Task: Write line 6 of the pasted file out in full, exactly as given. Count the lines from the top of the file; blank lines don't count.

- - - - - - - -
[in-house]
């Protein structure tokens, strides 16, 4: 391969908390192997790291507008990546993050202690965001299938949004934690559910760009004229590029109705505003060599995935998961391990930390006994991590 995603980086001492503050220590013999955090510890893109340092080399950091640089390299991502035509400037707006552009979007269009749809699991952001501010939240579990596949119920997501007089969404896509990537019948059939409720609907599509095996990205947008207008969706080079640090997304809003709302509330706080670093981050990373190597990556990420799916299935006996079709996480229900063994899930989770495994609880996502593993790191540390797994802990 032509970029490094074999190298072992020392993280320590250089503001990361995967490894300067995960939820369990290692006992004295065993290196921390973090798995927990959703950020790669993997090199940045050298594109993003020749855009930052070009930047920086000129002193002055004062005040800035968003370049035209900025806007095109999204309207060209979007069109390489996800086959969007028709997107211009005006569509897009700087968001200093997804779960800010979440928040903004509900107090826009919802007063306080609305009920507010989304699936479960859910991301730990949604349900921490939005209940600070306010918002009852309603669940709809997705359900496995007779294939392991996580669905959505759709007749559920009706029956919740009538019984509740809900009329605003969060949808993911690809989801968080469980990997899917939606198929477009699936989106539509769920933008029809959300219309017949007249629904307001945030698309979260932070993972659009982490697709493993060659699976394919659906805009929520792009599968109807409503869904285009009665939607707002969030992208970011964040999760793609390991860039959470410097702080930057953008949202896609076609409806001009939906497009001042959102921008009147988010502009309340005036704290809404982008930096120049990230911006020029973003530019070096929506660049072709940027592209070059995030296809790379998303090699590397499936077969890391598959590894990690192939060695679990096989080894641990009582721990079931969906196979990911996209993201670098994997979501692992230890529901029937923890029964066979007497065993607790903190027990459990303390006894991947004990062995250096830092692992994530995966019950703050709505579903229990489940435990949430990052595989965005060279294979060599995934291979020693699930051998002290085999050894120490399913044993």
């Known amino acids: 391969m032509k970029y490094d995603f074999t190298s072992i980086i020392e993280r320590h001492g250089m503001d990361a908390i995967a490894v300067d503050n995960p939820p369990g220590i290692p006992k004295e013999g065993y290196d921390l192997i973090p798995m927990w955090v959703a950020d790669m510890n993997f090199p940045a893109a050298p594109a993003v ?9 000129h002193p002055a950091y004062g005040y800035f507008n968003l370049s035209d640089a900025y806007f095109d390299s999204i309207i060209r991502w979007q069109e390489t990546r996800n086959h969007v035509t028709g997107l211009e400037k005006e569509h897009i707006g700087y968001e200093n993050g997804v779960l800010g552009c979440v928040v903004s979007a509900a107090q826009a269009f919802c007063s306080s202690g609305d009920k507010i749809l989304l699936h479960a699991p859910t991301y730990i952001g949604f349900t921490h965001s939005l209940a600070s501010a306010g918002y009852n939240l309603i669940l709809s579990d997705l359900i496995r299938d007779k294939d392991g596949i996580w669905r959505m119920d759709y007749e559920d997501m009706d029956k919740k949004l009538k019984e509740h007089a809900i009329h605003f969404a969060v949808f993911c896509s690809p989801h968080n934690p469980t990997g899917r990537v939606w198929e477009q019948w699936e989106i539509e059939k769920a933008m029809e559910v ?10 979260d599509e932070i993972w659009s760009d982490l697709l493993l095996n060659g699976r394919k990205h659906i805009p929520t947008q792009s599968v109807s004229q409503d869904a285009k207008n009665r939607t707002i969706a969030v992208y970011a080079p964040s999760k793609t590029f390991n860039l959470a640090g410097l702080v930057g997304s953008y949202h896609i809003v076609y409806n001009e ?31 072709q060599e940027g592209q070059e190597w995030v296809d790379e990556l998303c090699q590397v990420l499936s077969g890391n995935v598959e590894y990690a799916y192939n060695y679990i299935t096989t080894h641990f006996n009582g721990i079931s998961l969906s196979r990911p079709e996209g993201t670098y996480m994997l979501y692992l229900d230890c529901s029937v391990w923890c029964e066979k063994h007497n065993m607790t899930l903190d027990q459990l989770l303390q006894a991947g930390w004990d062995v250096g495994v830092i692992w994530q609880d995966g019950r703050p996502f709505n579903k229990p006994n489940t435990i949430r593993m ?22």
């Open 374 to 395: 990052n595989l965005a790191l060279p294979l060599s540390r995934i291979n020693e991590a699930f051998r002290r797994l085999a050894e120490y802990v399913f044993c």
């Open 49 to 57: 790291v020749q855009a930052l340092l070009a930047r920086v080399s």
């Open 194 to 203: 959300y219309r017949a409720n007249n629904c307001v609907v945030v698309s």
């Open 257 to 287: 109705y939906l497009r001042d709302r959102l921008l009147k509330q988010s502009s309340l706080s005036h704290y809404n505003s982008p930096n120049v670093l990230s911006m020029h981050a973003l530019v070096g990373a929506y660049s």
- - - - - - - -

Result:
């Open 194 to 203: 959300y219309r017949a409720n007249n629904c307001v609907v945030v698309s």